That's pretty dumb.  The actual discussion isn't about 'patent rights', it's about technology transfer demanded by China as part of 'joint ventures' with American companies -- Boeing being a particular case in point that I have firsthand knowledge about.

I have no hesitation whatsoever in affirming that measures taken to reduce or eliminate China's ability to -- steal isn't too harsh a word for it -- intellectual property wouldn't be wasted effort.  

You could argue that it's good old misguided American greed that induces companies to 'agree' to give up the knowledge and trade secrets.  In many, perhaps most cases that's been true.  But that doesn't justify the practice or make it otherwise unthinkable for us to use American state authority to 'induce' China to change it as one of their standards.

 

It's about both; stealing intellectual property because their manufacturing gives them access to it, and forcing U.S. manufacturers to give China the rights to it as a condition of doing business with them.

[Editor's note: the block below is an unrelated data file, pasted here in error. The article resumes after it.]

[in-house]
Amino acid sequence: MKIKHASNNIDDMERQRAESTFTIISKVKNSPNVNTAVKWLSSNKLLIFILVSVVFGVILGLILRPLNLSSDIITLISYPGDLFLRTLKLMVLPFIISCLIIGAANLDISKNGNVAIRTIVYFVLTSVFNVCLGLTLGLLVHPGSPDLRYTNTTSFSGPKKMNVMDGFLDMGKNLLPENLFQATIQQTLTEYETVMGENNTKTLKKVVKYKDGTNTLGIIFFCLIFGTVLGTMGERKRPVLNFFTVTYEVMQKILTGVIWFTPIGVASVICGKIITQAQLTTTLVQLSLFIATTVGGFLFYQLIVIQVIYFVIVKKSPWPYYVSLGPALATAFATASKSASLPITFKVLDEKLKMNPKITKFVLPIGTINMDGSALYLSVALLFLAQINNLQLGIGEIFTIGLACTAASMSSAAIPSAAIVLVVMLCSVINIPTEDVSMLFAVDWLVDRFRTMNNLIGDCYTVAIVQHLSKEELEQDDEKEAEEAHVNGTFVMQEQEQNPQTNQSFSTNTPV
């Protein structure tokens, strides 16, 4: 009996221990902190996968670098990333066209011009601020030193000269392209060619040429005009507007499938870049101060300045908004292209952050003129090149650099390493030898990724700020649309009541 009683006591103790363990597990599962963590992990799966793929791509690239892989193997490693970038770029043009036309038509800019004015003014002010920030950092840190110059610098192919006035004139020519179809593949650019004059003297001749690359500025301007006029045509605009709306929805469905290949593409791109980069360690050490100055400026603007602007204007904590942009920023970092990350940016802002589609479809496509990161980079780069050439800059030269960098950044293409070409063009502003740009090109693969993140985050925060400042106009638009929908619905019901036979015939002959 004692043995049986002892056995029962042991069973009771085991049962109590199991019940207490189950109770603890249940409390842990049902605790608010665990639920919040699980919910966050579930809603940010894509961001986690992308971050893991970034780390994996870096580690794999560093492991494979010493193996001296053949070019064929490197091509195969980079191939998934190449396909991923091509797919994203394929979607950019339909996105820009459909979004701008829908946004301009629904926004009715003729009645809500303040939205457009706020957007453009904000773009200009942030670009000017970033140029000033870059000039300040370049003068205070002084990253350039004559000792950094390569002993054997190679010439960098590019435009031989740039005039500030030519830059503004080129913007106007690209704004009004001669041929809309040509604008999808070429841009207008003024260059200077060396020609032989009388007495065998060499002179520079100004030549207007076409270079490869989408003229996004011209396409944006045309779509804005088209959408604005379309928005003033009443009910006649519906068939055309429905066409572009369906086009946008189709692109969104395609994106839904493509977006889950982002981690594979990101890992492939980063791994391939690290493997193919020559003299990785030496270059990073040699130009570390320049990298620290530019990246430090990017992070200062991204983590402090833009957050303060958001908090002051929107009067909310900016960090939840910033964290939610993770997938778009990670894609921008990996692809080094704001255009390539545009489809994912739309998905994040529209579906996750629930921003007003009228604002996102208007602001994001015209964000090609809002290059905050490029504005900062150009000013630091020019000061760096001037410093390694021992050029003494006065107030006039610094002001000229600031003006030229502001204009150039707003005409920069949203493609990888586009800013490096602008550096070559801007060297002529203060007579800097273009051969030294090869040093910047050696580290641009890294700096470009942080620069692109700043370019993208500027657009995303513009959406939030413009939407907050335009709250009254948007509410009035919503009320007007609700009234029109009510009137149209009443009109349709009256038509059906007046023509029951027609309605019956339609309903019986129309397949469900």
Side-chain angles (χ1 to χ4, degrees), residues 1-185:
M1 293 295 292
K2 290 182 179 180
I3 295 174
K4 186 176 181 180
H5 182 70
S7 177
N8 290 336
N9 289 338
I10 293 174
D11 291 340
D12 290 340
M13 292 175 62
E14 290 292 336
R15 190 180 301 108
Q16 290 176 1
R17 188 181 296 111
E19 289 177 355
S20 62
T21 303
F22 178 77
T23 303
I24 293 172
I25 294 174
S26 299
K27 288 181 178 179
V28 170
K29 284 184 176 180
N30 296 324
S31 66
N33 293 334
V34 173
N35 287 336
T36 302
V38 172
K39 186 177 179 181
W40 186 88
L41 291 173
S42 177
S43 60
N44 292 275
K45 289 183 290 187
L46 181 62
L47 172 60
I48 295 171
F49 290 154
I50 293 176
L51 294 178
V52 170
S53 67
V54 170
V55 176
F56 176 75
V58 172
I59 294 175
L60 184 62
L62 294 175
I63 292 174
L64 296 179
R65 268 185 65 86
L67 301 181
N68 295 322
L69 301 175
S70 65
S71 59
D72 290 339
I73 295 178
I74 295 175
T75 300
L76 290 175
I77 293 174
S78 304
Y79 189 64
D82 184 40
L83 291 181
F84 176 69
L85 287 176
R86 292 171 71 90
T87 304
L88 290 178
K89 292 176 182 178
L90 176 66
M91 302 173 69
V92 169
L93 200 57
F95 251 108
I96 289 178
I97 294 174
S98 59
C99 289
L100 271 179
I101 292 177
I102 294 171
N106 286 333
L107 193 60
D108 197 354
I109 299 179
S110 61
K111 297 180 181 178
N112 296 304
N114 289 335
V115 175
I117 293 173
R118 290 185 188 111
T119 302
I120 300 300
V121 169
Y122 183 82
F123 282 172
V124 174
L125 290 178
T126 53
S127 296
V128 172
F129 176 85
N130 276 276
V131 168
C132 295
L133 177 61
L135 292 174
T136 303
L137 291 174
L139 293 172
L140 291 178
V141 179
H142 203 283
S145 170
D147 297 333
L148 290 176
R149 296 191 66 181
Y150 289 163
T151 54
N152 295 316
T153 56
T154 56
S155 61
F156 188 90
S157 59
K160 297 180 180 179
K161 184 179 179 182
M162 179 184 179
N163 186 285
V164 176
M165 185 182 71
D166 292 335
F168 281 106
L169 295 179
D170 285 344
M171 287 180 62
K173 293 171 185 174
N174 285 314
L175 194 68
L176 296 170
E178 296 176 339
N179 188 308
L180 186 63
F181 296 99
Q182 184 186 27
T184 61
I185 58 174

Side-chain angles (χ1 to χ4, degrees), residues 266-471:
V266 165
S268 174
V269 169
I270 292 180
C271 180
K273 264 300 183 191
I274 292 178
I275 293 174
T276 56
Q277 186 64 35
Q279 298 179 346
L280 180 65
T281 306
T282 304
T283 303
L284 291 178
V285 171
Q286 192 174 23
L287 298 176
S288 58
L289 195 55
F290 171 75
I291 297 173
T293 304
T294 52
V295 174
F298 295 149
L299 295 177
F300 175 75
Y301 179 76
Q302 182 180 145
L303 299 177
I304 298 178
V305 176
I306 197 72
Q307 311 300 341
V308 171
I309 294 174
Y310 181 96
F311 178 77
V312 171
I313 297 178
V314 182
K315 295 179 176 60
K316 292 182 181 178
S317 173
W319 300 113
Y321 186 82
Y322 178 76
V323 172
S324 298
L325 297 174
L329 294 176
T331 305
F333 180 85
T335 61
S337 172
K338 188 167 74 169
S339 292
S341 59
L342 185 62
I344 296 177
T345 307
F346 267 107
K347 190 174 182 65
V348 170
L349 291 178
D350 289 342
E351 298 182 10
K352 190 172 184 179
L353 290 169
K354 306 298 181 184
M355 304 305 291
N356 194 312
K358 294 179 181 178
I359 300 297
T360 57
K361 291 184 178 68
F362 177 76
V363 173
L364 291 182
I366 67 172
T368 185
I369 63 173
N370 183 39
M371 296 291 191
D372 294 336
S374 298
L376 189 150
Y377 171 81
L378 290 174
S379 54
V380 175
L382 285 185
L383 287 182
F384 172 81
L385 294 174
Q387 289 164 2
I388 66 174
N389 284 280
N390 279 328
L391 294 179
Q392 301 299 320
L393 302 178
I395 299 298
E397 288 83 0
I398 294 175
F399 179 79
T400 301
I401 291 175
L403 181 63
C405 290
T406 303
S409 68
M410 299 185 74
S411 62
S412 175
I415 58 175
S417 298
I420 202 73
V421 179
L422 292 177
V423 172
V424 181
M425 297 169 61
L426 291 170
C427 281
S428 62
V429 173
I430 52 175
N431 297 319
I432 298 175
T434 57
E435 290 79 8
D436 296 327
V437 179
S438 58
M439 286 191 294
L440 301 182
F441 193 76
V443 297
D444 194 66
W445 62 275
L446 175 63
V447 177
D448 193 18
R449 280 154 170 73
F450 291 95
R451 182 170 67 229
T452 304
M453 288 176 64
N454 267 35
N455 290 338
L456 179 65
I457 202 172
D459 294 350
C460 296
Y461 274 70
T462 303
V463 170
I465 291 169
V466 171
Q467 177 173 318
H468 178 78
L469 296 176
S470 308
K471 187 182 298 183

The latter is one of the costs of doing business with them.  I don't see why it would be illegal.  I certainly see no connection to "American greed" as you mention.   

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Posted by zardoz on Monday, November 4, 2019 3:53 PM

Euclid
This is not a match where one side loses and the other side wins.  But that is the way it is being cheered on.  

Yeah, if all one watches is Fox 'news', one might begin to believe it.

Euclid
No matter how you divide the world into individual economies, they are all connected.

Now if we could only get elected officials to realize this, and put the good of the world ahead of personal greed.

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Posted by Euclid on Monday, November 4, 2019 4:38 PM

zardoz
 
Euclid
This is not a match where one side loses and the other side wins.  But that is the way it is being cheered on.  

 

Yeah, if all one watches is Fox 'news', one might begin to believe it.

 

 
Euclid
No matter how you divide the world into individual economies, they are all connected.

 

Now if we could only get elected officials to realize this, and put the good of the world ahead of personal greed.

 

 

The elected officials in charge of this trade policy definitely see it as a match where we win and China loses.  They assure us that we cannot possibly be hurt.  Yeah right.  Why worry?  It might only be another lost decade.

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Posted by Psychot on Tuesday, November 5, 2019 3:11 AM

Euclid

 

 
Overmod
 
Euclid